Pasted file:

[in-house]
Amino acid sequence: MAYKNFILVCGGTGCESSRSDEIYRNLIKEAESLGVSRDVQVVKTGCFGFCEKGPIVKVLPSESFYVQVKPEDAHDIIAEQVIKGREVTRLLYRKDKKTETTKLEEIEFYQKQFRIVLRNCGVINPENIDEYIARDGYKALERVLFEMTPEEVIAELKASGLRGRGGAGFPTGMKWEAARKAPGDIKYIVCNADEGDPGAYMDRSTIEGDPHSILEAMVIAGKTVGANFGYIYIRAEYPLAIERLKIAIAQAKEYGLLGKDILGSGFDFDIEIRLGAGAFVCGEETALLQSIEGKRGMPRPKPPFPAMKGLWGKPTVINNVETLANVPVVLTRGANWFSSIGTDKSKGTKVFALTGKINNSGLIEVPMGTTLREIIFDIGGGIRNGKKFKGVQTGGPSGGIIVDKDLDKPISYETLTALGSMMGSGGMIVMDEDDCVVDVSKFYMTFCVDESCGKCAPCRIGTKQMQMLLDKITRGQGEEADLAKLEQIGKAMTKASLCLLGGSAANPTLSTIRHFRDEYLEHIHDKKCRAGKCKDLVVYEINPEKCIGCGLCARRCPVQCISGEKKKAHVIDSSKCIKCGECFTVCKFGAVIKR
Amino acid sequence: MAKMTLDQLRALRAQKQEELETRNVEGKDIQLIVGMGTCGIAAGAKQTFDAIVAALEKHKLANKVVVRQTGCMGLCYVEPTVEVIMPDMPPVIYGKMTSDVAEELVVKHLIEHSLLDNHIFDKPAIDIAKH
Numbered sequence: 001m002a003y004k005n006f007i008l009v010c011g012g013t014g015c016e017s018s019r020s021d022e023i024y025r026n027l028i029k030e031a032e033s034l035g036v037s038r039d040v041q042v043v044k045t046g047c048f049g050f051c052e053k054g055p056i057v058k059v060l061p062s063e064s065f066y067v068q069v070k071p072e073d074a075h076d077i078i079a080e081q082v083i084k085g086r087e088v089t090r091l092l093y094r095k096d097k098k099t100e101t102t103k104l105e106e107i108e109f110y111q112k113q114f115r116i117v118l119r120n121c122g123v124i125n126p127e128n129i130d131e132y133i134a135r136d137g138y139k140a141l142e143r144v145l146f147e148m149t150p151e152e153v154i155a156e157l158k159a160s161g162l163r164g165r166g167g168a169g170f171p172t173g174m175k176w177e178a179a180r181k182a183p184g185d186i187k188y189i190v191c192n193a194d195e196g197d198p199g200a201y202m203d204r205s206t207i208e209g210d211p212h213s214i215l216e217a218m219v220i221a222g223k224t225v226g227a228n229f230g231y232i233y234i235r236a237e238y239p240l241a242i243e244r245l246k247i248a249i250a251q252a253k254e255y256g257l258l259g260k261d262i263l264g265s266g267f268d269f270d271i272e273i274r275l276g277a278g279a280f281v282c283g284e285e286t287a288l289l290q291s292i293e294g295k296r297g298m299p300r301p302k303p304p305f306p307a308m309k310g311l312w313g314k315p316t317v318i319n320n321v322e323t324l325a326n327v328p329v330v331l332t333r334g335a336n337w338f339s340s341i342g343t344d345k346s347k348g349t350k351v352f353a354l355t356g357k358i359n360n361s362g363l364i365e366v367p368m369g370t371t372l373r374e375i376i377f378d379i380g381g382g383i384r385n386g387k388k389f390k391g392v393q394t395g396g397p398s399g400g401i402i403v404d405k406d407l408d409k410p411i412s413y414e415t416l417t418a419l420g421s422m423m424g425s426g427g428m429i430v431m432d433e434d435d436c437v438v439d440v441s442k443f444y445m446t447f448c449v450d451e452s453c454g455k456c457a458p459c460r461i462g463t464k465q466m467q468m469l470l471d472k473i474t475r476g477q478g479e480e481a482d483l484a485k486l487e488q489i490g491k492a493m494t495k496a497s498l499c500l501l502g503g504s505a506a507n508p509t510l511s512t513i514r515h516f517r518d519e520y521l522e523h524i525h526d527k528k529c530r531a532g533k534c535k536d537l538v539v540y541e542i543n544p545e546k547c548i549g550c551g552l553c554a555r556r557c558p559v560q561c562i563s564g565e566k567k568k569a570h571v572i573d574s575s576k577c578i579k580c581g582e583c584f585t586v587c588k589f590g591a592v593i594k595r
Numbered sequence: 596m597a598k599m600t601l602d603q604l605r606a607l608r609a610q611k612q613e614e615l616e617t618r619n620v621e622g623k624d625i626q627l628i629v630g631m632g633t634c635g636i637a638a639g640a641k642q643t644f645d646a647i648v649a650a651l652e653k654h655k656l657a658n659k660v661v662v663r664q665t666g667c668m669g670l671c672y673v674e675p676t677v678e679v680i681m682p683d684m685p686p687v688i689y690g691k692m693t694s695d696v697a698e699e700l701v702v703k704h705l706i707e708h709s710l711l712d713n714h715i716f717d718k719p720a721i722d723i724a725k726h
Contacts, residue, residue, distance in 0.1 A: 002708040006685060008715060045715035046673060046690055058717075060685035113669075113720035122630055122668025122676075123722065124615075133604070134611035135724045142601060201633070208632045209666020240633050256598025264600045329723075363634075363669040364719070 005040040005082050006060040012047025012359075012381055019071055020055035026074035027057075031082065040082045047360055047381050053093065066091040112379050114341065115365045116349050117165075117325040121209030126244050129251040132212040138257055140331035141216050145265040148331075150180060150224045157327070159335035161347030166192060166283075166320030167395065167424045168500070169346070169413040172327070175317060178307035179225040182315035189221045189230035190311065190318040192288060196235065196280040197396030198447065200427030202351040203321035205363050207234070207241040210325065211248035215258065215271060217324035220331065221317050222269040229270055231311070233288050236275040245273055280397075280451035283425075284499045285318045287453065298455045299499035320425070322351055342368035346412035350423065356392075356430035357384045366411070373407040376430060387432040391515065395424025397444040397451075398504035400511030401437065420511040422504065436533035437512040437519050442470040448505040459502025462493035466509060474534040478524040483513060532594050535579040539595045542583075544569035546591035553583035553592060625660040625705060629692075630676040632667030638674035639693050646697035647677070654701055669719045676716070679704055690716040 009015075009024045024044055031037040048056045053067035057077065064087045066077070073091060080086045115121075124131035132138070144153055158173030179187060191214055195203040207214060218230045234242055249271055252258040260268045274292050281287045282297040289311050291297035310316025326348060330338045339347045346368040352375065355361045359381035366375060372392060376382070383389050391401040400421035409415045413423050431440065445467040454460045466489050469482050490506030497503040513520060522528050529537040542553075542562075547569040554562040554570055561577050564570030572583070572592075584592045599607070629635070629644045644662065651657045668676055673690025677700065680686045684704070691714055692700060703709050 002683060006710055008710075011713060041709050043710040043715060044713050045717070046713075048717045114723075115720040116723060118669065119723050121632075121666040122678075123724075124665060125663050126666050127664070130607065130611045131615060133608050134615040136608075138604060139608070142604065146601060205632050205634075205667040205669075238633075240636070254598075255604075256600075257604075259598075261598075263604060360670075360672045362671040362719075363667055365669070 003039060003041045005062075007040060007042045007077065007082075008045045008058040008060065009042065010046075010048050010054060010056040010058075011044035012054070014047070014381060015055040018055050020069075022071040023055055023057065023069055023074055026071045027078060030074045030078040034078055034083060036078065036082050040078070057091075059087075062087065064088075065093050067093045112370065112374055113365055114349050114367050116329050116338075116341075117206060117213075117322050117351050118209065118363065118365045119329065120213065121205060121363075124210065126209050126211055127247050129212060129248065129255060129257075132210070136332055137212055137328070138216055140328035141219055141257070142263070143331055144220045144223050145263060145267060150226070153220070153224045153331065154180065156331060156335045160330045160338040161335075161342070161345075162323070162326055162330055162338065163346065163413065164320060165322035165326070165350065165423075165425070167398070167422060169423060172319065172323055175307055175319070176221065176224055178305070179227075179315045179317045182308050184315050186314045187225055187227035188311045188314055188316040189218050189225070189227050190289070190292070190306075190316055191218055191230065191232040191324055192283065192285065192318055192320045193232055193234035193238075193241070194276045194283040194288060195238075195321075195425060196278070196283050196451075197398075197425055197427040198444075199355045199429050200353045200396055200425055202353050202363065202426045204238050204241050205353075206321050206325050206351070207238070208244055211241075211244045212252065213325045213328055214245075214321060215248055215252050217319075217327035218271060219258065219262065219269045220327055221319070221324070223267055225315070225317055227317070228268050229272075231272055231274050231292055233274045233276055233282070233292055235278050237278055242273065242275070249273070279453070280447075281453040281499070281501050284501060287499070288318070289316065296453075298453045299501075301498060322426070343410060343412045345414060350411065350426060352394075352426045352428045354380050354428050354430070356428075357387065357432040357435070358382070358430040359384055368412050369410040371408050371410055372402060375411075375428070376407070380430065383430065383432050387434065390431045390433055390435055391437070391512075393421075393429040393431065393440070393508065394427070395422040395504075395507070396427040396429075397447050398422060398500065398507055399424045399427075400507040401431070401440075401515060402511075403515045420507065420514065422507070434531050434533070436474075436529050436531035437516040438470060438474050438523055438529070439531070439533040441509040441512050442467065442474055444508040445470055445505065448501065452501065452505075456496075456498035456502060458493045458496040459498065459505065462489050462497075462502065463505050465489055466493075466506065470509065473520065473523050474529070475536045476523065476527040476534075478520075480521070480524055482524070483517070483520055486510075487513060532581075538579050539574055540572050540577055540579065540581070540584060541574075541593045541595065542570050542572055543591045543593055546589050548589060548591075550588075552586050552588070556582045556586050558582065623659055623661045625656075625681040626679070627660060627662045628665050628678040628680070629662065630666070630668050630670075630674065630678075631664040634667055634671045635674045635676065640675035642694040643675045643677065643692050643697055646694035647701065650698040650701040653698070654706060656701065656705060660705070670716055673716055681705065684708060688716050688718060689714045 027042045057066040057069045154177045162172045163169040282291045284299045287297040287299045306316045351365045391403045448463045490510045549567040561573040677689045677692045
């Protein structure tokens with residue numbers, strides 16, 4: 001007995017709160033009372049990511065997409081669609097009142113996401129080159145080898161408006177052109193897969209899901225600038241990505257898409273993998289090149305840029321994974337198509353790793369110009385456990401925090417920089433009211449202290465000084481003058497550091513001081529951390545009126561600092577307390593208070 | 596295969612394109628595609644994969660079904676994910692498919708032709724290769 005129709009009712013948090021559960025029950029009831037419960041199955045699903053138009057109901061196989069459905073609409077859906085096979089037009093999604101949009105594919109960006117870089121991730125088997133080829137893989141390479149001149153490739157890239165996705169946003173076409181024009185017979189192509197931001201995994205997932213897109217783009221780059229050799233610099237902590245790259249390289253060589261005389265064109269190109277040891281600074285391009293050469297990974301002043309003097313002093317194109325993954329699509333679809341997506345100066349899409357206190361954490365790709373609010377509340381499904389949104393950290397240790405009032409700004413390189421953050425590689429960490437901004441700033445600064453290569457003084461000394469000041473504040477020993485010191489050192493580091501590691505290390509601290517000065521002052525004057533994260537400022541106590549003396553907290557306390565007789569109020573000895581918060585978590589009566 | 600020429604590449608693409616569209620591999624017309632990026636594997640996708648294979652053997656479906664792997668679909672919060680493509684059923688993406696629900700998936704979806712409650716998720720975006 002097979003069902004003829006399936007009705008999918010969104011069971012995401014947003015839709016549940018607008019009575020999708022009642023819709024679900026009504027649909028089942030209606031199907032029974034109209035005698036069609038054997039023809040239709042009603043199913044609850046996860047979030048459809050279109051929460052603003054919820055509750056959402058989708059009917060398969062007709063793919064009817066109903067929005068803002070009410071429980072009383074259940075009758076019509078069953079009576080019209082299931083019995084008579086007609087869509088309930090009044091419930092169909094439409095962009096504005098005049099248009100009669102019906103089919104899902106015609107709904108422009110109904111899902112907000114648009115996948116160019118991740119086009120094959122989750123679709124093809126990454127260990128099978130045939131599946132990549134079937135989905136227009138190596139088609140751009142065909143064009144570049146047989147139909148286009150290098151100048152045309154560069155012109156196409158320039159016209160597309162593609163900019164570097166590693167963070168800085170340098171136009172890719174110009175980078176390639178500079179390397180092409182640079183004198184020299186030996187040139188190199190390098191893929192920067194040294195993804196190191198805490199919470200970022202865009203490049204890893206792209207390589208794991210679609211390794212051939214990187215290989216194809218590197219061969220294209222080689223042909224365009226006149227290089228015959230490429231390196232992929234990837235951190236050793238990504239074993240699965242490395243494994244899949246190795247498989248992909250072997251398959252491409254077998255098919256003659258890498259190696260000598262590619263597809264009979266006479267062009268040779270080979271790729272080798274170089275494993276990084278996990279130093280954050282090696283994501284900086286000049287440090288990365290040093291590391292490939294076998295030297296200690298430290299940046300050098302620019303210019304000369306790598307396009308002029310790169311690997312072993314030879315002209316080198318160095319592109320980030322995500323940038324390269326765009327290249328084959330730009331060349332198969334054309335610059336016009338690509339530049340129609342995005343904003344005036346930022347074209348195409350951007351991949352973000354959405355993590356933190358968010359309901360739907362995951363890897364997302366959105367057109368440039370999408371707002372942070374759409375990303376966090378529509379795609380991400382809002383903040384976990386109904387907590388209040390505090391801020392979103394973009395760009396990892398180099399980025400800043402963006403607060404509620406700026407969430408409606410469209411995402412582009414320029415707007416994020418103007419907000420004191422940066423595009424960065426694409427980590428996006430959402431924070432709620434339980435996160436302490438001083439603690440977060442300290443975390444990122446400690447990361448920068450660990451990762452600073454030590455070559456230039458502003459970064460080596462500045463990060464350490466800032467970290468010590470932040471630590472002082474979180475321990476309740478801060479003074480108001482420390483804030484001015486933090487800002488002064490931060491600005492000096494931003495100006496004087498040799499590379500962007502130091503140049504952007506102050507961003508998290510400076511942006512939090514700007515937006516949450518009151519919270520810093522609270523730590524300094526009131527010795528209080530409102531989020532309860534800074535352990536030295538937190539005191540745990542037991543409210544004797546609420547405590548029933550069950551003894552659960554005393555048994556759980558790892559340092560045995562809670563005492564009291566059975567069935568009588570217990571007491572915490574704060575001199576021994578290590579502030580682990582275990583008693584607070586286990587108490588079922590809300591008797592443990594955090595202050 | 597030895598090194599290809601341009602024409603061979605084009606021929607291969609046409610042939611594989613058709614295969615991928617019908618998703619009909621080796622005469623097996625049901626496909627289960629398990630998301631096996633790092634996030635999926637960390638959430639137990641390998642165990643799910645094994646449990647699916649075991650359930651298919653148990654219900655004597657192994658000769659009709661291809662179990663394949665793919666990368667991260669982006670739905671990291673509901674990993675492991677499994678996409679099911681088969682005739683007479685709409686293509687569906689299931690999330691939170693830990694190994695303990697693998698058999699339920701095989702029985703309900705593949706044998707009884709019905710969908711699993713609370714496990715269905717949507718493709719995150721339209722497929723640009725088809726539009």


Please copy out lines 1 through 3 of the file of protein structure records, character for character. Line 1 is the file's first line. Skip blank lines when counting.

[in-house]
Amino acid sequence: MAYKNFILVCGGTGCESSRSDEIYRNLIKEAESLGVSRDVQVVKTGCFGFCEKGPIVKVLPSESFYVQVKPEDAHDIIAEQVIKGREVTRLLYRKDKKTETTKLEEIEFYQKQFRIVLRNCGVINPENIDEYIARDGYKALERVLFEMTPEEVIAELKASGLRGRGGAGFPTGMKWEAARKAPGDIKYIVCNADEGDPGAYMDRSTIEGDPHSILEAMVIAGKTVGANFGYIYIRAEYPLAIERLKIAIAQAKEYGLLGKDILGSGFDFDIEIRLGAGAFVCGEETALLQSIEGKRGMPRPKPPFPAMKGLWGKPTVINNVETLANVPVVLTRGANWFSSIGTDKSKGTKVFALTGKINNSGLIEVPMGTTLREIIFDIGGGIRNGKKFKGVQTGGPSGGIIVDKDLDKPISYETLTALGSMMGSGGMIVMDEDDCVVDVSKFYMTFCVDESCGKCAPCRIGTKQMQMLLDKITRGQGEEADLAKLEQIGKAMTKASLCLLGGSAANPTLSTIRHFRDEYLEHIHDKKCRAGKCKDLVVYEINPEKCIGCGLCARRCPVQCISGEKKKAHVIDSSKCIKCGECFTVCKFGAVIKR
Amino acid sequence: MAKMTLDQLRALRAQKQEELETRNVEGKDIQLIVGMGTCGIAAGAKQTFDAIVAALEKHKLANKVVVRQTGCMGLCYVEPTVEVIMPDMPPVIYGKMTSDVAEELVVKHLIEHSLLDNHIFDKPAIDIAKH